Stopped by state patrol in Eagle County? You can now use a digital ID | VailDaily.com
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Stopped by state patrol in Eagle County? You can now use a digital ID

Save your ID in your phone

EAGLE COUNTY – Troopers began accepting a digital version of state identification on Nov. 30, and Colorado State Patrol trooper Jacob Best has already been presented one in a traffic stop.

He said he was impressed, and let the person off with a warning.

“I thought it was was a very cool thing, to see somebody with it right off the bat,” Best said. “It was kind of cool to see that technology live in the field.”



On Oct. 30, 2019, Gov. Jared Polis signed an executive order to authorize Digital ID as a legal form of identification in Colorado. The Colorado Digital ID is accessed from within the myColorado mobile app and is valid as proof of identity, age and address for traffic stops within the state.

Colorado is the first state in the nation to offer residents the option to electronically transmit digital identification, vehicle registration and proof of insurance to law enforcement, according to a release issued by the state.



“Mobile digital identity is the way of the future and our goal is for Colorado to lead the way in convenience and security with the Digital ID,” Polis was quoted as saying in the release. “Digital IDs on smartphones are already valid for purchasing alcohol and marijuana, and now I want to thank the Colorado State Patrol for their leadership in accepting Digital ID for traffic stops and paving the way for other local law enforcement agencies to begin accepting Digital ID, and soon allow for cross-jurisdictional use throughout Colorado.”

Best said troopers received a sneak preview of some of the problems that could occur with Colorado Digital IDs when the state started accepting digital proof of insurance a few years ago. He said the best advice he can give people hoping to go digital is to not rely on the internet.

In other words, if you want to increase your chances of a warning, you don’t want to leave officers waiting outside of your car while you wait on your two bars of service to load your ID.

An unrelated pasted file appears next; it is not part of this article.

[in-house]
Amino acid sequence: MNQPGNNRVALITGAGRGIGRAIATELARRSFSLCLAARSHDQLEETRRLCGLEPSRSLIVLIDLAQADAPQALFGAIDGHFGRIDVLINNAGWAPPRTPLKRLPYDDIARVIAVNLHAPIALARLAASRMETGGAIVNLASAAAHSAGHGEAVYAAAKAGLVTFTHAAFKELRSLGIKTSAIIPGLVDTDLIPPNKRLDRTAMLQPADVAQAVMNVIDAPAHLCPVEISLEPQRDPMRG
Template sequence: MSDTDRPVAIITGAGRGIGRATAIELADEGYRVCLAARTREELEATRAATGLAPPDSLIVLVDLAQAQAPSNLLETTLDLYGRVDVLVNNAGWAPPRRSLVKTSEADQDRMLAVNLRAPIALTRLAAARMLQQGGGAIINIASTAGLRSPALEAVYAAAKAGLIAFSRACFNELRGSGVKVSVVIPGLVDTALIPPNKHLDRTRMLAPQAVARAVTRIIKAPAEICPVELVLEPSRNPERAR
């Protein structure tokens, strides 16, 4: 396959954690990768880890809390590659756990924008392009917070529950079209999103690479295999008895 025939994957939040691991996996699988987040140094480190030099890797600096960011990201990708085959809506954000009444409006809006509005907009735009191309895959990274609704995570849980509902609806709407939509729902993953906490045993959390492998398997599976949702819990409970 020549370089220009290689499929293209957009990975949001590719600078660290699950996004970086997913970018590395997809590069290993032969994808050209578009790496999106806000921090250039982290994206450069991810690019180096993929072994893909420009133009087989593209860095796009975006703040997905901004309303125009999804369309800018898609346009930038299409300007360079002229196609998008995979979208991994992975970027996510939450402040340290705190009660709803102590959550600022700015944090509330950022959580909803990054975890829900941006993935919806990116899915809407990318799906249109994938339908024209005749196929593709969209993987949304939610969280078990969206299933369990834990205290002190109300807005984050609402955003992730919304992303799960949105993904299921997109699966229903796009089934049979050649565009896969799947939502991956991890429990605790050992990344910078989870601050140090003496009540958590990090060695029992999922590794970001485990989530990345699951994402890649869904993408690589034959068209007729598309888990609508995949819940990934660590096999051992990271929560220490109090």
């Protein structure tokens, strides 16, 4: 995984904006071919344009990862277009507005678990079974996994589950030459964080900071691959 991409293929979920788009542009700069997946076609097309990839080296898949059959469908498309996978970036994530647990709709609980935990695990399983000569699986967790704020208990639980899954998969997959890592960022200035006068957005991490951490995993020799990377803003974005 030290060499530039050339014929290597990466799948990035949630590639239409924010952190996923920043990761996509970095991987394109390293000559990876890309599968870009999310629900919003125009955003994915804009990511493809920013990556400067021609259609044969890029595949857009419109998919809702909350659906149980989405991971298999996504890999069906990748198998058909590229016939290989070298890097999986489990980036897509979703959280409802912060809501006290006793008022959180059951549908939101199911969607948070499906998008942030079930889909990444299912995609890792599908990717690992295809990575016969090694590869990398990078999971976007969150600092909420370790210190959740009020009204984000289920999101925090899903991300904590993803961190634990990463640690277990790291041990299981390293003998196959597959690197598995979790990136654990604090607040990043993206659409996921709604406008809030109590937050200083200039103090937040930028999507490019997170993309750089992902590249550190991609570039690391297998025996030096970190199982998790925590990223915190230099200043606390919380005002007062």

“It’s not safe for us or the person that’s stopped to be sitting on the side of the roadway for an extended period of time trying to log in,” Best said. “So we really encourage people to have at least a photo of it, or have it preloaded, or downloaded.”

Especially in this area.

“Having service is not always a guarantee on Vail Pass, where we have a lot of contacts with people involved in crashes or traffic violations,” he said.

But if the app is used properly, and your ID is downloaded ahead of time, it should actually reduce time spent outside of the patrol car on dangerous roadways in Colorado, Best said. The officer can scan the ID off your device using their own device, reducing paperwork.

“They’ll scan my QR code on the side of the road, they’ll see this is Trooper Best confirming you want to send your driver’s license, your insurance and your registration information over, they’ll click yes, and then it goes back to my car,” he said.

“Anything we can do to reduce the length of time spent on the roadside increases safety,” said Col. Matthew Packard, of Colorado State Patrol.

COVID-19 scares among officers have also prompted the use of touchless devices, Packard said.

“The global pandemic introduces a whole new dimension of health and safety concerns for both troopers and our residents,” Packard said. “Eliminating the need to handle a physical ID while on the road is one way to reduce exposure to the virus.”

In time, officers may even have to find new lingo for what they now call “contact” with a civilian.

“It’s a great way to have contact-less contact,” Best said.

For now, though, while the kinks are being worked out, Best said you’re still going to want to carry your old ID.

“We would prefer, until we get all the bugs worked out, that you keep your old ID on you, just until we work through the bugs and any weird nuances that may come up,” he said.

Local agencies have yet to adopt the technology, as well. While Colorado State Patrol is the first and only law enforcement agency accepting Digital ID, the state has been actively engaging with local police and sheriff’s offices, according to the release.

“Until full acceptance of Colorado Digital ID is available at all local and state jurisdictions, residents should always carry their physical driver license or state identification cards wherever they go,” according to the release.

Learn more by visiting mycolorado.gov/partners.


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